Russia's first year on "IPI Watch List"
(IPI/IFEX) - The following is an IPI press release:
Vienna, 26 June 2001
Russia's First Year on "IPI Watch List": IPI Director sees Little Sign of Improvement
Speaking during the "World Congress for Information Cooperation" conference in Moscow on 26 June, the Director of the International Press Institute (IPI), Johann P. Fritz, expressed concern over the fact that Russia has remained on the "IPI Watch List" for exactly one year.
"Unfortunately, one year after the decision to place Russia on the "IPI Watch List", there have been almost no signs of improvement," Fritz said. "Indeed, it would appear that recent developments have further eroded the level of press freedom achieved by Russia since the break up of the Soviet Union in 1991."
The IPI Director said that there is an urgent need to focus more attention on the situation for the media in Russia's regions where journalists continue to face the perennial threat of violence. "It is a sad fact of present-day Russia that, on many occasions, the perpetrators of these crimes escape with impunity," Fritz said. "Self-censorship is widespread in the regions as a result of physical attacks and threats against journalists, this is an intolerable situation, and one that needs to be addressed in a serious and constructive manner." Moreover, journalists reporting on developments in Chechnya have been severely restricted in their operations by the authorities and a number of journalists critical of Russia's military engagement in the break-away republic have been arrested.
In addition, Russia's economic circumstances have had a detrimental effect on the media in the regions. Many media outlets are dependent on subsidies provided by the authorities and other powerful institutions. Journalists continue to be subject to heavy political pressure and are confronted with demands for favourable news coverage by regional leaders. "In order for the situation to improve there is a need for the government to work in close cooperation with journalists and civil society groups within Russia and to seriously consider their recommendations and address their concerns in a genuine and constructive manner," Fritz added.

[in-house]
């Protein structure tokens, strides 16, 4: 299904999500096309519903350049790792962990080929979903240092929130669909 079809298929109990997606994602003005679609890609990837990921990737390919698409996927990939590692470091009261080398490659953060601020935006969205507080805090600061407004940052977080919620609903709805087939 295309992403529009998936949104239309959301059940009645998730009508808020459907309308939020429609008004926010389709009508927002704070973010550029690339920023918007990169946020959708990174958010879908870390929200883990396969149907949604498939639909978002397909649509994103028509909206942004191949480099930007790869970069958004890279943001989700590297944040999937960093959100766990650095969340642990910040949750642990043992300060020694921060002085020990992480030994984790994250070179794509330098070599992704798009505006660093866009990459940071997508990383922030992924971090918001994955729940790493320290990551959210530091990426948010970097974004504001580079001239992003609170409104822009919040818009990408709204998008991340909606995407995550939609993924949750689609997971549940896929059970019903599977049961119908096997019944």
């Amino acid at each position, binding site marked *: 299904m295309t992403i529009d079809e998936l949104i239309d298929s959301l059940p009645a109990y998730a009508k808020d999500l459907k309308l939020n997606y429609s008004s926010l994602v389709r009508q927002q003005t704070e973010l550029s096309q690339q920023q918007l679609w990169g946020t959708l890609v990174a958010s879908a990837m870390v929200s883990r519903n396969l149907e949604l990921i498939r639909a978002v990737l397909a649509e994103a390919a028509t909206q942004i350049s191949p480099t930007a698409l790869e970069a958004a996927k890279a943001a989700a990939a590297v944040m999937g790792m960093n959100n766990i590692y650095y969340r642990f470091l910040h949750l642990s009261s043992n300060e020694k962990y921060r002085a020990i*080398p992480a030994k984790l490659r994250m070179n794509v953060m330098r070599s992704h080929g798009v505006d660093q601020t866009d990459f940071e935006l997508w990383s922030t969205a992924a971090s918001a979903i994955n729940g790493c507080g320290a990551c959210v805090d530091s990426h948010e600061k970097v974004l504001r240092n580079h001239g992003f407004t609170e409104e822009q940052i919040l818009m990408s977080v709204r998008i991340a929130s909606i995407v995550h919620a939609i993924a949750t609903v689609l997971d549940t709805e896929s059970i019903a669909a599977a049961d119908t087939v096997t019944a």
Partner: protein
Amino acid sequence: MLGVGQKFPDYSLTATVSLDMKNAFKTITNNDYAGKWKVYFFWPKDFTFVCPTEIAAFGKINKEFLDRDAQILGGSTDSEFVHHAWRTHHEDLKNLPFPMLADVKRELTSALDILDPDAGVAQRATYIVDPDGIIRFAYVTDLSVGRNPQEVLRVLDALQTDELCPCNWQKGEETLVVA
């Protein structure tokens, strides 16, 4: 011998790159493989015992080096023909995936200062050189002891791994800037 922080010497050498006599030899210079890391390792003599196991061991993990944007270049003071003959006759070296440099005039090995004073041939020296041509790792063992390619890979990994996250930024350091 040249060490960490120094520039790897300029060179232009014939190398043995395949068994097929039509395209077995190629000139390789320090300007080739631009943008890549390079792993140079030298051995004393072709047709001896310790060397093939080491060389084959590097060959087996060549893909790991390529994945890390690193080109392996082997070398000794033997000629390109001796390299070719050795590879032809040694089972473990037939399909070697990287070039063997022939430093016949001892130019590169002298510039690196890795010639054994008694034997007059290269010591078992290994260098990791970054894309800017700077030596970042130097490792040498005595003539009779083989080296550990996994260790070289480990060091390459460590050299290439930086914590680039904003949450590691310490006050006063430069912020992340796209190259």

Recently, there have also been worrying developments with regard to the independent media, including the April takeover of Media-Most by the state-linked natural gas company, Gazprom. Using unpaid debts as the justification for its action, Gazprom replaced management at Media-Most television station NTV and appointed several of its own staff to key positions in the company, effectively gaining control of the last independent national television channel in Russia.
Even though, as a major creditor of Media-Most, Gazprom claims that its actions have been carried out on financial grounds and that the takeover is not politically motivated, IPI will closely monitor future developments, taking into account Gazprom's close connections to the state and the previous record of official harassment of Media-Most outlets. The developments at Media-Most are especially worrying in the light of other measures undertaken by the authorities seemingly with the aim of exerting control over news content.
One example is the SORM (operational research system) project, a Russian Internet surveillance system, which requires Russian Internet service providers to install a technological infrastructure giving the secret police (FSB) on-line access to information exchange. This would allow the authorities to intercept, view, and even halt the e-mail messages of Internet users, an ominous prospect when seen in the context of the adoption of the Doctrine on Information Security which advocates far greater state influence on the flow of information and the media.
The 23 June 2000 decision by IPI to place Russia on the "IPI Watch List" was taken in response to several incidents of harassment and intimidation of the Russian media, which led to a deterioration in press freedom in Russia. The IPI Executive Board evaluates the status of countries on the "IPI Watch List" twice a year to see if there has been sufficient progress to warrant their removal or if there is a need for renewed efforts by IPI to bring about change. The next decision regarding Russia will be taken by the IPI Board on 19-21 October.
For more information on Russia and the "IPI Watch List" see: www.freemedia.at/watch_list.htm